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Don’t shoot the juice
Thinking about adding off-the-shelf R134a to your A/C system? Doing it yourself is asking for trouble

Injecting R134a from a can may do more harm than good.

The refrigerant in your truck’s air conditioner is called R134a, and one reason for poor cooling performance is because a system doesn’t have enough of it.

Periodic maintenance by a certified HVAC technician is the best way to make sure the air conditioner is holding its refrigerant charge.

But, what if you’re on the road and warm air is blowing from the vents? It’s tempting to go to an auto parts store and buy a can of R134a, the kind with a hose on it that you can hook up to charge the system.

Don’t do it, says Frank Burrow, warranty and product support manager at Red Dot Corp., manufacturer of heating and air-conditioning systems, components and replacement parts for heavy trucks and other commercial vehicles.

“We see it a lot this time of year,” Burrow said. “A driver assumes the system has lost refrigerant charge because the air conditioner isn’t as effective as he’d like it to be. He goes to the auto parts store figuring to shoot some juice.”

“Shooting juice” – injecting R134a from a can into the A/C system – may do more harm than good, Burrow said.

Auto parts retailers typically carry three varieties of canned refrigerant: R134a with oil for the compressor; R134a with oil and sealant; and straight R134a. Each can be detrimental to your air conditioner.

For example, the oil mixed with R134a may not match the compressor’s original PAG lubricant or ester oil specifications.

“If the compressor lunges, the manufacturer will analyze the oil for its type and viscosity,” Burrow said. “If it detects an oil that’s different from the original, the warranty is null and void.”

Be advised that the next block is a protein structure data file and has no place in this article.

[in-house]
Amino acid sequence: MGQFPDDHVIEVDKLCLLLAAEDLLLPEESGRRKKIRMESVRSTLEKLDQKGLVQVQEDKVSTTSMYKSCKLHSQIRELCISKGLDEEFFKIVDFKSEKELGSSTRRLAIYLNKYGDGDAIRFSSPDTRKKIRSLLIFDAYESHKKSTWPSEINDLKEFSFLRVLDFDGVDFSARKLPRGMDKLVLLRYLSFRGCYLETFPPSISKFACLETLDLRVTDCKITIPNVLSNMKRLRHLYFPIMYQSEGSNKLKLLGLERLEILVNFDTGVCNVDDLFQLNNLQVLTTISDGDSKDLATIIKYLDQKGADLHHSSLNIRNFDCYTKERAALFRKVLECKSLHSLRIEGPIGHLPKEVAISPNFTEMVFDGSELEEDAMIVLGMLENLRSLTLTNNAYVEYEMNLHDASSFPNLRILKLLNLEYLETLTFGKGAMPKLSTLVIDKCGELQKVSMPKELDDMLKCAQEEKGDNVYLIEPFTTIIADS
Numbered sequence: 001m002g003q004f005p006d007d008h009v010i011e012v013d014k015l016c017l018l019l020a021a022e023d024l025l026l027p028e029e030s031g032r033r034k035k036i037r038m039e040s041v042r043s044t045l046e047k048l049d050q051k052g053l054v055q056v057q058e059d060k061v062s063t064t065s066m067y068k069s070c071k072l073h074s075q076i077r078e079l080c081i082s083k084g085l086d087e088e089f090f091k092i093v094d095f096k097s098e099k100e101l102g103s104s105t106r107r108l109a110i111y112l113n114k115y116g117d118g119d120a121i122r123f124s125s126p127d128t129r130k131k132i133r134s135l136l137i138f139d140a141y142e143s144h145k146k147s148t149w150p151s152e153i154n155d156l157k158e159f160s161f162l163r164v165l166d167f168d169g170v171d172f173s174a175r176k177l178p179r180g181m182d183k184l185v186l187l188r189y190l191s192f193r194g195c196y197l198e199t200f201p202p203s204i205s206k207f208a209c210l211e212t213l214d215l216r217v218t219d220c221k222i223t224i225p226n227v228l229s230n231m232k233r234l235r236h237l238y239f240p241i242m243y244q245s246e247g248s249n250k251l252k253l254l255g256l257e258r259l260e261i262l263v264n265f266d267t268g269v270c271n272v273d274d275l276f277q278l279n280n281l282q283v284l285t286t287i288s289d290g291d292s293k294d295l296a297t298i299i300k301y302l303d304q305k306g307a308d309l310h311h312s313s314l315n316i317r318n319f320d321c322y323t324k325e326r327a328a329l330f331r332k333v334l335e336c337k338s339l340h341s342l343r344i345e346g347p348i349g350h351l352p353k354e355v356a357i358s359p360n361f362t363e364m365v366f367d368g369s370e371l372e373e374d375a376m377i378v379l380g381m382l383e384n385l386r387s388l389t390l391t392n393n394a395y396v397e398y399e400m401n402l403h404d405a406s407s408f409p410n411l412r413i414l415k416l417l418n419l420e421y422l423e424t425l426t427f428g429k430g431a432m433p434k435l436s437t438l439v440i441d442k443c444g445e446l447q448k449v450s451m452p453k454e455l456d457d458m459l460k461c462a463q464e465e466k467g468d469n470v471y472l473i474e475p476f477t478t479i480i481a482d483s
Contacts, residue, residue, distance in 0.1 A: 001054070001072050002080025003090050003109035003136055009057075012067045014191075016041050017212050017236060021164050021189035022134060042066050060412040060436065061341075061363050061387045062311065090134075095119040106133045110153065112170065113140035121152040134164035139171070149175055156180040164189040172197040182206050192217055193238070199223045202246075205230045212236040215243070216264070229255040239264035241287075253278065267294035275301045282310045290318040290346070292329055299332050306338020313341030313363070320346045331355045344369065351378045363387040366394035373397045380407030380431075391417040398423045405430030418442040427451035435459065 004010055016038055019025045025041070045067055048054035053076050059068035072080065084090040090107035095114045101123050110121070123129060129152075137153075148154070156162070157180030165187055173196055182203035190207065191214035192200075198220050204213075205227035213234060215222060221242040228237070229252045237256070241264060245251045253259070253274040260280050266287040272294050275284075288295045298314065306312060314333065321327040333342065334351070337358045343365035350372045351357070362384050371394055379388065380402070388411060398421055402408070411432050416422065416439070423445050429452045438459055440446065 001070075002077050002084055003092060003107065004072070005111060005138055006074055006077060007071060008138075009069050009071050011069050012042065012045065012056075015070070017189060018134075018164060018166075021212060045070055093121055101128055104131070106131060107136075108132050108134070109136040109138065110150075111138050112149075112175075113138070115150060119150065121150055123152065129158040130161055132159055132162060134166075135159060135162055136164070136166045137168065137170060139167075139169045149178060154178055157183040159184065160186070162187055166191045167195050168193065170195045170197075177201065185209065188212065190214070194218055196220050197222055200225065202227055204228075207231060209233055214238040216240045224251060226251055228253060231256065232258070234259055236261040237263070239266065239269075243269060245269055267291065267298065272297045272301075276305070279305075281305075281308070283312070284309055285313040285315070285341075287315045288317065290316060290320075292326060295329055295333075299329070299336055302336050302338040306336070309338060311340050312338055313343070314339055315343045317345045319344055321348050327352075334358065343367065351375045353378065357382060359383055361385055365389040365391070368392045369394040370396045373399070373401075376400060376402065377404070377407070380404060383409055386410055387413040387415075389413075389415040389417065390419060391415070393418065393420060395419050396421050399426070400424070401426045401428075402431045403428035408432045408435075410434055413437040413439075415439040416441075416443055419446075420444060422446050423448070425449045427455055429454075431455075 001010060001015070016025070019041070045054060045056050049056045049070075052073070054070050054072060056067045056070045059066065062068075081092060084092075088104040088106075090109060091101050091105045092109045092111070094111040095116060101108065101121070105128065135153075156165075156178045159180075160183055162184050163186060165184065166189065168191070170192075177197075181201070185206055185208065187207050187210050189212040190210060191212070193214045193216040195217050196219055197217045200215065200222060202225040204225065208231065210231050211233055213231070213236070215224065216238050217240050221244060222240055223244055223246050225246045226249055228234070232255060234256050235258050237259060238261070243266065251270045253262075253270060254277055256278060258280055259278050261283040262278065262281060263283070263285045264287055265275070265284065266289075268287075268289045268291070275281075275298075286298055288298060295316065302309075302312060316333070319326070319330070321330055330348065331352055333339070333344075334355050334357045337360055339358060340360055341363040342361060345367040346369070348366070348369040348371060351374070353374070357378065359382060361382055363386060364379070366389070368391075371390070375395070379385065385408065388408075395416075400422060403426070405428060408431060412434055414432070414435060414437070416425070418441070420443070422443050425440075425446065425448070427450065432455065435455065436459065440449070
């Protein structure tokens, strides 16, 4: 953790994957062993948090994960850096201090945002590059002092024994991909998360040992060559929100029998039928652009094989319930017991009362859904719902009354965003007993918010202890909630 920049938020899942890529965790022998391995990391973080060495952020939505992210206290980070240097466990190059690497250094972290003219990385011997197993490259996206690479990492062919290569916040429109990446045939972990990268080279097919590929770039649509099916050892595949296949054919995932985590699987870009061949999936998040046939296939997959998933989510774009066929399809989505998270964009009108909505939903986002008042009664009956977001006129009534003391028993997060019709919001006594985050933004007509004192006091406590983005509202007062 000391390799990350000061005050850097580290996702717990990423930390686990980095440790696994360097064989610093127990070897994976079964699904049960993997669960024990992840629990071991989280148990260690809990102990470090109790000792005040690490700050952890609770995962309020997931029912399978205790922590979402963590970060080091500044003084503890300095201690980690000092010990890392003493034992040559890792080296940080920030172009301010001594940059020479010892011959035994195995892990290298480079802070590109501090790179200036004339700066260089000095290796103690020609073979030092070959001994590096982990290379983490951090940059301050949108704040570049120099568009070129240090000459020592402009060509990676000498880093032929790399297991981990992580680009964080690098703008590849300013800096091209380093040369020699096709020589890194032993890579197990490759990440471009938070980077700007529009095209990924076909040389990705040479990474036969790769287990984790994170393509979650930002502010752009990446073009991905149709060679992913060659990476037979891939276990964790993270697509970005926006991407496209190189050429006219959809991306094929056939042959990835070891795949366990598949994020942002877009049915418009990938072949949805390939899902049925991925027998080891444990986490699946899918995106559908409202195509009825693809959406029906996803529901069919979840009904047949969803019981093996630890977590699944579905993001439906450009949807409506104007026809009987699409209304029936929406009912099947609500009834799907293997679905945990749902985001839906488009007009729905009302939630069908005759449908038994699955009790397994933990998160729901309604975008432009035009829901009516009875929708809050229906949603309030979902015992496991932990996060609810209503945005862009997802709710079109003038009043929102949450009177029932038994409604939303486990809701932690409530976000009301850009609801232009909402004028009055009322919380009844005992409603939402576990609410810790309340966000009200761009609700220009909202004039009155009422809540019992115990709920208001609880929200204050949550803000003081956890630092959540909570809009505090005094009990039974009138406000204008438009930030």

More troublesome is R134a with sealant. As it circulates through the system, the sealant will encounter a leak and solidify when it contacts outside air.

The problem is, sealant also can collect inside valves and tubes, clogging them up. Furthermore, A/C technicians may refuse to work on your vehicle if their refrigerant identifiers detect sealant because it can harm refrigerant recovery and recycling equipment.

So, why not use one pound of straight R134a?

“First, you don’t know if you need one pound of refrigerant to replenish your A/C system or some other amount,” Burrow said.

“Second, if your system is losing refrigerant charge, you should see a qualified A/C service technician. He has the expertise and equipment to keep your system working properly.”

Servicing your truck’s air conditioner is not a do-it-yourself job, concludes Burrow.

“What seems like a quick fix really is an invitation to an expensive, time-consuming repair job,” he said.

Aug/Sept Digital Edition